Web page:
9. Cyrus under pressure
Sheffield Cyrus Solgy took the 2021 National Celebration award as the most promising junior alongside Marco Larsen. Could he step his fishing up a further level in 2022? An early coaching session with Fjuka's Tommy Pickering certainly did no harm, with Tommy struggling to keep pace with Cyrus when it came to hitting some seriously finicky roach on the drop. August saw Cryus win the Sheffield heat of the regional Commonwealth Communities Celebration. Come September, and drawn near bridge 49, not far away from where Simon Mottram had landed 46lbs of chub in an open in 2018 Cyrus was having an OK celebration, without setting the world alight.
With barely ten minutes on the clock, he hooked a big elastic stretching fish on a single squatt and size 22. The all out went and the stewards reminded him of the 15-minute rule. An anxious mum, head in hands and not daring to watch, dashed off to the nearest loo, but even that brought no relief from the tension as the clock ticked down. It was at 4:14PM, with just a minute to spare, that the young Worksop junior slipped the net under that 2lbs chub. It was enough to secure 13th position, but probably deserved more.
8. Andy Wood and other West Yorkshire stalwarts
I first met Andy in 2017 on Division 2 National Day on the Aire & Calder. It was one of those meetings I honestly thought was never going to lead to anything much. A nice fellow certainly, but Andy didn't strike me as having very much idea about fishing nor football as he predicted an imminent premiership return for an ailing Leeds United. His novel bait choice of prawns fished on the drop was best described as ‘somewhat interesting tactics' by the extremely flustered level two coach on Andy's Let's Fish coaching debut.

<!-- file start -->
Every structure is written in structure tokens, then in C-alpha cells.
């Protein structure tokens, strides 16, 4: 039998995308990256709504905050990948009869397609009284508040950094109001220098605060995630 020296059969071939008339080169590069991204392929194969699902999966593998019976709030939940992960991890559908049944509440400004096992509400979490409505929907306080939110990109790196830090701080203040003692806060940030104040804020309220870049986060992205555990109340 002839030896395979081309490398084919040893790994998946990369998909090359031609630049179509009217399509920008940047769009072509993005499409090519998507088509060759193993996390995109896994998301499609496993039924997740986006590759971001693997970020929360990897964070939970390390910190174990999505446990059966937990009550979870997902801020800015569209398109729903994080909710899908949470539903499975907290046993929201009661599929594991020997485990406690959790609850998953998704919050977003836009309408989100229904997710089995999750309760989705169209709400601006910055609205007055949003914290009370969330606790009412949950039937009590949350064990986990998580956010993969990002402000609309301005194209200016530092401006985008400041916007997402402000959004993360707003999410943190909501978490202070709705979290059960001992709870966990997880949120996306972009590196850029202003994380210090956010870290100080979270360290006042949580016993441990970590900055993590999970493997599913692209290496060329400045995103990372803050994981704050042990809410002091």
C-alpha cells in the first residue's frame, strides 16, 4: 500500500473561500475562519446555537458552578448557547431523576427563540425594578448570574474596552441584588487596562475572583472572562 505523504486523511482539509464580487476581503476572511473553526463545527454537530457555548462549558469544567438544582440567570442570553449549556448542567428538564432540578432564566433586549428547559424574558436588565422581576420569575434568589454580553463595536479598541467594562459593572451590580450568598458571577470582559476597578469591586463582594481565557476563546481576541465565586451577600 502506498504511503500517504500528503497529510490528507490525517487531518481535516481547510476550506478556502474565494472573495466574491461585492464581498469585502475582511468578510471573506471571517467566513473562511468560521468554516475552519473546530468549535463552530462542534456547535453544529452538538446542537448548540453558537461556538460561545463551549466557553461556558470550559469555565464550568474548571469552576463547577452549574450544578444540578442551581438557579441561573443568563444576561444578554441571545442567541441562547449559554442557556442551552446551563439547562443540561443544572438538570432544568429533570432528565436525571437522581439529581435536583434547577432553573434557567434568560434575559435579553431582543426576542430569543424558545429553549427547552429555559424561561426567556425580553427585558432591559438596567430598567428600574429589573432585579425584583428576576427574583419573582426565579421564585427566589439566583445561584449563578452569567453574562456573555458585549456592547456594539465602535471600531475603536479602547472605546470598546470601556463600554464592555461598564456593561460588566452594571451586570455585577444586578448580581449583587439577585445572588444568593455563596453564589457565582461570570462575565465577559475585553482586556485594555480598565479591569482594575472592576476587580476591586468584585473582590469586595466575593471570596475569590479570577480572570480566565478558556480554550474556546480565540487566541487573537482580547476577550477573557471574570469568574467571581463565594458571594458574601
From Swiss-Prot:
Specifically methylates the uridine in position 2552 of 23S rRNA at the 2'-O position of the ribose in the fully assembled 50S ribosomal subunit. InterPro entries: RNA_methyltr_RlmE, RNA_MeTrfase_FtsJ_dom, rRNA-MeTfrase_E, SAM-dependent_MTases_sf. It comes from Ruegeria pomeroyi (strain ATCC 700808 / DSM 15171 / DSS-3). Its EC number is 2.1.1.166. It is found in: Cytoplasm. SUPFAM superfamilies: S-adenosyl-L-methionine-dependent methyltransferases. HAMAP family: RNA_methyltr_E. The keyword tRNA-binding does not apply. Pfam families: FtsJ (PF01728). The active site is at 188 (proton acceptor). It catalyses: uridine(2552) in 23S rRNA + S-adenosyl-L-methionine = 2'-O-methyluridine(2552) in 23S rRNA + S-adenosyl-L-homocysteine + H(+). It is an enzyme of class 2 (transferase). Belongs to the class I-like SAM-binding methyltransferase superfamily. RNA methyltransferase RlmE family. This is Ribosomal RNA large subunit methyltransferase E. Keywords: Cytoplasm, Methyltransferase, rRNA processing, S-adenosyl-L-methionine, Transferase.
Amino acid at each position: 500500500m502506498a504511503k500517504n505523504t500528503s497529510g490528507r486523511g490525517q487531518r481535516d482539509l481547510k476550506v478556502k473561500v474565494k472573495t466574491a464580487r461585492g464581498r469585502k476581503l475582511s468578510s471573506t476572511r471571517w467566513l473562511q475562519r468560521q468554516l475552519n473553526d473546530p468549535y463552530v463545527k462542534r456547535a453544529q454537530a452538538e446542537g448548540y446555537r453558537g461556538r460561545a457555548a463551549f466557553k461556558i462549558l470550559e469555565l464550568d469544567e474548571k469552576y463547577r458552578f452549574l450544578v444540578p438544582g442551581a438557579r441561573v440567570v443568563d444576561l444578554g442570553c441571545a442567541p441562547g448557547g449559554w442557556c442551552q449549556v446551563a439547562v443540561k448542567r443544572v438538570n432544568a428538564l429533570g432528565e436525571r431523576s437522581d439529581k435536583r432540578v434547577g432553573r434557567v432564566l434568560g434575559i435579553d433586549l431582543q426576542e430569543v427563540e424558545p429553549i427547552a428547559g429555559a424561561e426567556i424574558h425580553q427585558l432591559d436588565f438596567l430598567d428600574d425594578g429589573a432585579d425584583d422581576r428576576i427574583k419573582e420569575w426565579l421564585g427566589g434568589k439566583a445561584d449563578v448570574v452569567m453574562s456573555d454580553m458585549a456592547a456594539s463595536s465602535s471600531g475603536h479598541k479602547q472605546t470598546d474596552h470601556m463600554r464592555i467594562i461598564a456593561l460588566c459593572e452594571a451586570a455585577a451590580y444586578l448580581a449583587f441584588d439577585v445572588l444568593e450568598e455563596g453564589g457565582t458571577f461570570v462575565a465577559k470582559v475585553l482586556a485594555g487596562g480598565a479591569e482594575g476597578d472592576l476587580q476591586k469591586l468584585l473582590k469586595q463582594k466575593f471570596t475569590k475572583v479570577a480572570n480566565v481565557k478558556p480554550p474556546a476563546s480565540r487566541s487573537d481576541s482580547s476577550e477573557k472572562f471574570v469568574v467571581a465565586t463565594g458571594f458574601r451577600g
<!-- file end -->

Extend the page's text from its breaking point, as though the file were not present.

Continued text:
Five years later and Andy is part of a thriving West Yorkshire CAGG group, under the leadership of Clive Milsom, are now beginning to turn those with an interest in fishing into young anglers with the fishing habit. Andy's sidekick Zabir invited Let's Fish! to the Kumon'Yall Dewsbury festival back in July. We were welcomed with open arms. I would not have predicted that just a couple of months later we would have people we met that day participating at the national celebration and then going on to represent their communities at the Commonwealth celebration.
7. Research Money
‘Money's too tight to mention' sang Simply Red back when I was an undergraduate student. With austerity looming, I was anxious about whether Let's Fish! could secure the funds for an important doctoral thesis that could start to bring scientific peer reviewed proof that our work can make a difference. Entitled ‘Angling on Inland Waterways - The Effects for Young People with ADHD or Emotional Behavioural Difficulties' this pioneering research has the potential to be a game changer for Let's Fish. The good news is that the funding has become available, and work kicks off in April 2023!
6. Schools progress
Getting fishing into schools to produce teams like they do in other sports isn't easy, for if it were, everyone would have been doing it for years and rod licence sales would not be at the crisis level we see today. It would be wrong to say we have cracked the conundrum, but we did see an encouraging number of schools participating in the National Celebration (eight teams verses just three in 2021) and a couple more have expressed interest in becoming involved in 2023.
Wouldn't it be amazing if one day the work of Let's Fish! was integrated with the good work that the Angling Trust are also attempted to undertake with schools? You can find out more about the Let's Fish schools programme here.
5. The greatest sportsman in Yorkshire
Our involvement with the famous Ingle boxing gym based at Wincobank, Sheffield has been a revelation. We've had guest appearances at Let's Fish! from former world champions, Kell Brook, Junior Witter, Barry Kid Galahad and even Tyson's Fury's nutritionist.
As the day ended, we were doing a quick photo shoot with Kell, Junior and European heavyweight champion Kash Ali, with Tommy Pickering making up the numbers. As the camera's clicked an old boy emerged along the towpath excitedly shouting, ‘that's him, the best sportsman Yorkshire has ever produced, he's my hero'. Both Kell and Junior appeared convinced the gent was referring to them, and they both have a valid claim. But they were both dramatically wrong, for it was the bionic bleaker who was this Yorkshireman's sporting hero, and he made no secret of it. The look on everyone's face was priceless.
4. Girls cadet glory